Eternal rest grant unto them, O Lord, and let perpetual light shine
upon them. May the souls of the faithful departed, through the mercy of
God, rest in peace. Amen.
It's never easy when someone passes away and especially when that person is someone we love. It's something that we all have to deal with and are faced with at some point along life's journey
Generally the death of a loved one needs to be registered first with the Funeral Director who will
contact the priest to check his availability and arrange the date and time of the service.
Organising a loved one's funeral can be very distressing for those in mourning and the Parish Priest is aware of this when a service is being arranged. Please get in touch with him because he will be able to help you arrange the service at St Mary Immaculate and advise you on the Rites and customs of the Catholic Church.
You should talk to the Parish Priest before you begin to make arrangements with Funeral Directors. That way you can be sure that you have the correct information about what can and can't be done. Not all Funeral Directors know the precise information so please get in touch with the Parish Priest first of all.
A Catholic funeral follows the Rites of the Catholic Church and when you are making the arrangements for the Order of Service the priest will explain the teaching of the Catholic Church and take you through the different types of service that are available. For example, a Requiem Mass, a Reception, a Burial, or a Cremation or a Catholic Service if that is preferred. The priest will discuss Hymns with you too. Please refer also to the Mass Times.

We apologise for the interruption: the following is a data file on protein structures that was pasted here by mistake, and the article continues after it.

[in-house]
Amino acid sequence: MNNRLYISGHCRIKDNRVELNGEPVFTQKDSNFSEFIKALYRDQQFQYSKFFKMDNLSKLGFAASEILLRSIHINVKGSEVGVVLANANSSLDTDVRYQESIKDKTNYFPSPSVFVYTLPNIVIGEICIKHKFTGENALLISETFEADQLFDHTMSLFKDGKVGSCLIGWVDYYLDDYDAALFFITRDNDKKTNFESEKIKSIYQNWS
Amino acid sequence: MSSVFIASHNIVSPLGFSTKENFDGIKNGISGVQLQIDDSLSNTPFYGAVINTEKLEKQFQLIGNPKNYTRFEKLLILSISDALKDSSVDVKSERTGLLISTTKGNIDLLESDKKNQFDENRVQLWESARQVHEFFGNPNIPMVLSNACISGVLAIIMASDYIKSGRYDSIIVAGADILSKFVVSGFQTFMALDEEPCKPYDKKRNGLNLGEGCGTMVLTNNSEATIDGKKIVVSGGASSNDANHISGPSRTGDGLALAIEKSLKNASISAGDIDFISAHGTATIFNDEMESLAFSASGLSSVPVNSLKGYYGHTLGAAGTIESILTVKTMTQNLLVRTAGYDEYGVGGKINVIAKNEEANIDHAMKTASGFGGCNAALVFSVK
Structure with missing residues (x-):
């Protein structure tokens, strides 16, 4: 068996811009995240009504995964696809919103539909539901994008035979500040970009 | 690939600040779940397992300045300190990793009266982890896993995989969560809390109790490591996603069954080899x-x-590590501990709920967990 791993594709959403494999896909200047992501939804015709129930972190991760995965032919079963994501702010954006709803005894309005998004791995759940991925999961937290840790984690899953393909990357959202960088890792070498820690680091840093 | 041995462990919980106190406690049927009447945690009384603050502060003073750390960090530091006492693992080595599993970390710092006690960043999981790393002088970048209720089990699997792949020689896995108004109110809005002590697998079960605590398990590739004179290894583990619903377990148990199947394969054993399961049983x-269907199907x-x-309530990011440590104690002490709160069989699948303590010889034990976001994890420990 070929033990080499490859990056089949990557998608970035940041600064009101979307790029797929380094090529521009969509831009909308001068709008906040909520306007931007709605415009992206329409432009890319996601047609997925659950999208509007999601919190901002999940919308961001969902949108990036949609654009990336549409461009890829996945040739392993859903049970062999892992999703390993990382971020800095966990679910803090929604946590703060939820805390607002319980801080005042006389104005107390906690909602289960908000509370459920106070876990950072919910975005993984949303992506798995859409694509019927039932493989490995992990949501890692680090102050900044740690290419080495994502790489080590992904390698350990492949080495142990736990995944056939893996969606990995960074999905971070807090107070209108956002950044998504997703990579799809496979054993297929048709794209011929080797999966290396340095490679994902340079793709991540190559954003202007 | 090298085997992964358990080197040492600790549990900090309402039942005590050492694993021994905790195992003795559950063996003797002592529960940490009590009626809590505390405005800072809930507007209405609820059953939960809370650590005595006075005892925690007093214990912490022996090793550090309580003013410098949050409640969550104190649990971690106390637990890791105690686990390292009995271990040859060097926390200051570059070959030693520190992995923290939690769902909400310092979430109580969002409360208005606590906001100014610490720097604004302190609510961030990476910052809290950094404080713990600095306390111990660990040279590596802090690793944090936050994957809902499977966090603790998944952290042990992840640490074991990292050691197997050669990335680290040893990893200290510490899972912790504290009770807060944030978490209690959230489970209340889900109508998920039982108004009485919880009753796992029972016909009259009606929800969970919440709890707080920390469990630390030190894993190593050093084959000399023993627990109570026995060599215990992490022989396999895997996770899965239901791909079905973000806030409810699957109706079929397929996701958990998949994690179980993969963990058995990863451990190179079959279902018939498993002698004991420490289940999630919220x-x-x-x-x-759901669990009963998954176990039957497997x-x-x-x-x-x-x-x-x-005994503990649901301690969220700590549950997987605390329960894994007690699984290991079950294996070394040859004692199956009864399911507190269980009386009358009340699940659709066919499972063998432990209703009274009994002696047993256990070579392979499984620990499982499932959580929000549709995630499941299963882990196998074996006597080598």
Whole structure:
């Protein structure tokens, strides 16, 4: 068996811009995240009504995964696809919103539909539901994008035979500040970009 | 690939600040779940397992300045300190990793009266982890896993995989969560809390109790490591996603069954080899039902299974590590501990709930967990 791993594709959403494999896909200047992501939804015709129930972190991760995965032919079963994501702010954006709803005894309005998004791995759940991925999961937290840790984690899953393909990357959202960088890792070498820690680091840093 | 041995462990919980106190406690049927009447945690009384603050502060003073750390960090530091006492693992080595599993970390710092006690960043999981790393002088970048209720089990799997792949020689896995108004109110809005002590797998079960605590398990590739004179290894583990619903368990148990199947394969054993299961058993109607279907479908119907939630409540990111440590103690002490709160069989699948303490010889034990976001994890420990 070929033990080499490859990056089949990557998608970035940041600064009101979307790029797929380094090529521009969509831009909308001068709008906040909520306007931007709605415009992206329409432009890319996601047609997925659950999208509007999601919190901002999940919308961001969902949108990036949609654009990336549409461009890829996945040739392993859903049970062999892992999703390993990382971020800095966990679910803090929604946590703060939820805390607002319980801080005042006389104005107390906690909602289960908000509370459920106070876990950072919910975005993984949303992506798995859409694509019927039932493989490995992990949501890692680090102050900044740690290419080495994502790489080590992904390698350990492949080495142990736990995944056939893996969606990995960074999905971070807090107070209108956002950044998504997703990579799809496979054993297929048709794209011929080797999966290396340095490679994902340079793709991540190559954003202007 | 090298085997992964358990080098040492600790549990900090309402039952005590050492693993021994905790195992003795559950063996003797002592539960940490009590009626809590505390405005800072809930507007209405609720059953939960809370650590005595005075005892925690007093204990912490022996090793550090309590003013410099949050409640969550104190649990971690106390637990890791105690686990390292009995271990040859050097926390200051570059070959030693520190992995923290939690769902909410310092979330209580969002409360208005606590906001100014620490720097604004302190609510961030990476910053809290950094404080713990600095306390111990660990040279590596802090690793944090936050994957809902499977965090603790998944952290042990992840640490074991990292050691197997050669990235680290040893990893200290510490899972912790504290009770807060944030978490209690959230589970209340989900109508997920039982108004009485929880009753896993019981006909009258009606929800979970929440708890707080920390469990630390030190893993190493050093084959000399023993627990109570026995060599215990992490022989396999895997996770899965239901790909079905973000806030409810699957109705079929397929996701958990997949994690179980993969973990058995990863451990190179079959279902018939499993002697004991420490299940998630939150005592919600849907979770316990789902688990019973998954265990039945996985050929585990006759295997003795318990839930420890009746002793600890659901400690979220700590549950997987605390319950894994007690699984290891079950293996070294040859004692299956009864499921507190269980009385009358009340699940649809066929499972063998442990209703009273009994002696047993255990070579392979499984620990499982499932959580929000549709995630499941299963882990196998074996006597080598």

A family member can be asked to say a few words about the deceased but this is not compulsory and the text should be given to the priest (celebrant) in advance.
Jesus said, "I am the resurrection and the life. Whoever believes in me, even if they die, will live."
(John 11, 25)
Assisted Dying - Find Out More From the Church
'Assisted dying' is often in the news. There's a Private Member's bill
before Parliament to try to legalise it. But just what is 'assisted
dying'? What does the law say about it? What do doctors have to say
about it? What does the Catholic Church say about it and what are the
problems with it? What should you do?
To help with some of the frequently asked
questions take a look at the document called 'Sense and Nonsense on 'Assisted Dying'' in the Newsletter tab. Also, you can visit the Catholic Newssite to find the document there as well as more information about assisted dying and what the Church has to say about this.
the weakest and most vulnerable, the sick, the old, the unborn and the
poor, are masterpieces of God's creation, made in his own image,
destined to live for ever, and deserving of the utmost reverence and
Life is a gift from God (John 10:10). To
find out more about the moral, ethical and practical dangers of
legalisation go to: